“It’s heartbreaking to see the images and hear the sounds of the kids,” he said. “Kids are the most vulnerable people in any society. I think that what’s happening is inhumane, it needs to stop. I’m personally a big believer in the way to be a good citizen is to participate, … Read More ➡
President Donald Trump’s State of the Union address last Tuesday night offered some sensible recommendations for immigration reform. Unfortunately, he omitted a few things – such as the need to fix the EB-5 visa program. The EB-5, authorized by the Immigration Act of 1990, allows persons from abroad who invest in a U.S. startup business to become lawful permanent residents. All too often, it is an invitation to fraud and self-dealing.
The EB-5 visa, intended to spur business development, offers a green card for immigrant small venture capitalists. The visa holder must invest at least $1 million in a “new commercial enterprise” or at least $500,000 if the enterprise is located in a designated Targeted Employment Area. Upon approval of a petition, the investor and dependent family members may obtain a green card. The investor must show that the investment has created or preserved at least 10 permanent domestic … Read More ➡
After saying shortly after the inauguration that he expected Donald Trump to do “evil things,” Alphabet (parent company of Google) executive chairman Eric Schmidt was back with another rant earlier this month about the president.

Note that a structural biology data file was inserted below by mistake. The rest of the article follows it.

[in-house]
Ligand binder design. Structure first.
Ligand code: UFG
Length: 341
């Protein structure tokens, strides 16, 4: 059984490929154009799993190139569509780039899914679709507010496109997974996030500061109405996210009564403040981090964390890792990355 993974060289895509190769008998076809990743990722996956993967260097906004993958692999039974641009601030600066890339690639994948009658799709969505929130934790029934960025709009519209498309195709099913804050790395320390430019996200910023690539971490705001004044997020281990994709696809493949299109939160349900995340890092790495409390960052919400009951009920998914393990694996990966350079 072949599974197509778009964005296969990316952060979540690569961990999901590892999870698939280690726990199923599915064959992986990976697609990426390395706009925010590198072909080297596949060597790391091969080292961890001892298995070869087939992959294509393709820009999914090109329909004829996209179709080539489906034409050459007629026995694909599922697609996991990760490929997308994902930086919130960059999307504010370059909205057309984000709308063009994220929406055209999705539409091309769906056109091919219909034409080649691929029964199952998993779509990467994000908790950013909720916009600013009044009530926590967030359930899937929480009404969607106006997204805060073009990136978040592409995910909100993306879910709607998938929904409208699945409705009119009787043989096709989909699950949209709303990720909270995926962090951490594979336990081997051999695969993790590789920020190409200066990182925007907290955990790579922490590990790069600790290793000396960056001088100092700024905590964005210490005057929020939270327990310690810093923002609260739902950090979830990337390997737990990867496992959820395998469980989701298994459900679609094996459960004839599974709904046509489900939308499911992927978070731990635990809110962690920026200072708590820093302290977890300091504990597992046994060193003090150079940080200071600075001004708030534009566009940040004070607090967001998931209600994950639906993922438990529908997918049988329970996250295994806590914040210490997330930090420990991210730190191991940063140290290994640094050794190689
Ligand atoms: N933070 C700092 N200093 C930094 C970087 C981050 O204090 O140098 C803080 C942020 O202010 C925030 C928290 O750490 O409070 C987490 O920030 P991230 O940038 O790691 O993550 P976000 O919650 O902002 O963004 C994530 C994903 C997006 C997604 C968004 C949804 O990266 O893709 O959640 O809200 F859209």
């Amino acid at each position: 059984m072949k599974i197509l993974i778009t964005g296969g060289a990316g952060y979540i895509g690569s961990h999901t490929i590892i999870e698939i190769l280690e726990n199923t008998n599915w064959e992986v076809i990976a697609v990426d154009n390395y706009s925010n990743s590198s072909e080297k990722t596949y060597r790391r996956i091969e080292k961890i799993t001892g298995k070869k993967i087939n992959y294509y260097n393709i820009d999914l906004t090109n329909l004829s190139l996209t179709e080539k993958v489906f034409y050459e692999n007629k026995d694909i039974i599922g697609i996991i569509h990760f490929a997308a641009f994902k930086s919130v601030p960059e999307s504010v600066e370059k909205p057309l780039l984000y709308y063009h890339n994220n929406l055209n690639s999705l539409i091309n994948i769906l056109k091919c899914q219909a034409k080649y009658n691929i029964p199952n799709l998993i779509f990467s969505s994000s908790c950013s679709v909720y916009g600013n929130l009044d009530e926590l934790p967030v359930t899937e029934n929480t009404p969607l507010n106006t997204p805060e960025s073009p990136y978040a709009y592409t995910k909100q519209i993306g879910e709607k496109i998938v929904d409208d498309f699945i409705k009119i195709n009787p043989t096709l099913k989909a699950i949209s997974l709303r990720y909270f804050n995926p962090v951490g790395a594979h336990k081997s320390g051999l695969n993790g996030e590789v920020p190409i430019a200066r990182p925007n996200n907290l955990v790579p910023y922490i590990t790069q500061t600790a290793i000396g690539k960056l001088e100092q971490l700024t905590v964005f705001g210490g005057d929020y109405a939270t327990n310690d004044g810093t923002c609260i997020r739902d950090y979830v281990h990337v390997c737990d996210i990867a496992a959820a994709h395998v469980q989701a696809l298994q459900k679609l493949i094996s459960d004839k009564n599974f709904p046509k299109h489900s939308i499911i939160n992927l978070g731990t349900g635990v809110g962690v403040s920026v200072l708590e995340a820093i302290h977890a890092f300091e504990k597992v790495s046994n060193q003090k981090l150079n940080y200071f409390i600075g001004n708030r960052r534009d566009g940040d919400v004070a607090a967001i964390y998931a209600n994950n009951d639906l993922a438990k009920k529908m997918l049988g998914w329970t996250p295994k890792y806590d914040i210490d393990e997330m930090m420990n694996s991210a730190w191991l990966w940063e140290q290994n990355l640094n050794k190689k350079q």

This time the adjective addressed intellect rather than malevolence. Schmidt seized an opportunity to vent at MIT’s Computer Science and Artificial Intelligence Lab, bemoaning limits on special visas for foreign workers in “special occupations,” mainly high-tech fields. But the target of his frustration wasn’t just the president.
“I spent the last 20 years announcing that the single stupidest policy in the entire American political system was the limit on H-1B visas,” Schmidt said. “I have recently been trumped (pun apparently intended) by an America where you take the highly legal and highly technical people of seven countries … and you keep them trapped at JFK so our lawyers can spring them out.”
When it comes to President Donald Trump and knee-jerk reactions to policy decisions without gathering all the facts, it seems the mostly liberal CEOs of the best-known Silicon Valley companies can’t help themselves. They would rather shoot from the lip first, taking their cues from all the president’s leftist enemies, instead of gathering all the evidence and speaking responsibly on the issues – if at all.
It happened again over the weekend, this time in response to the President’s executive order that temporarily suspended the admission of foreign nationals into the United States from seven countries – Iraq, Syria, Iran, Libya, Somalia, Sudan and Yemen – which are viewed as sources of potential threats, based upon security reviews by Obama administration officials. The reason for the suspension, Trump explained, is so appropriate security agencies that normally screen foreign nationals entering the country would have the time and … Read More ➡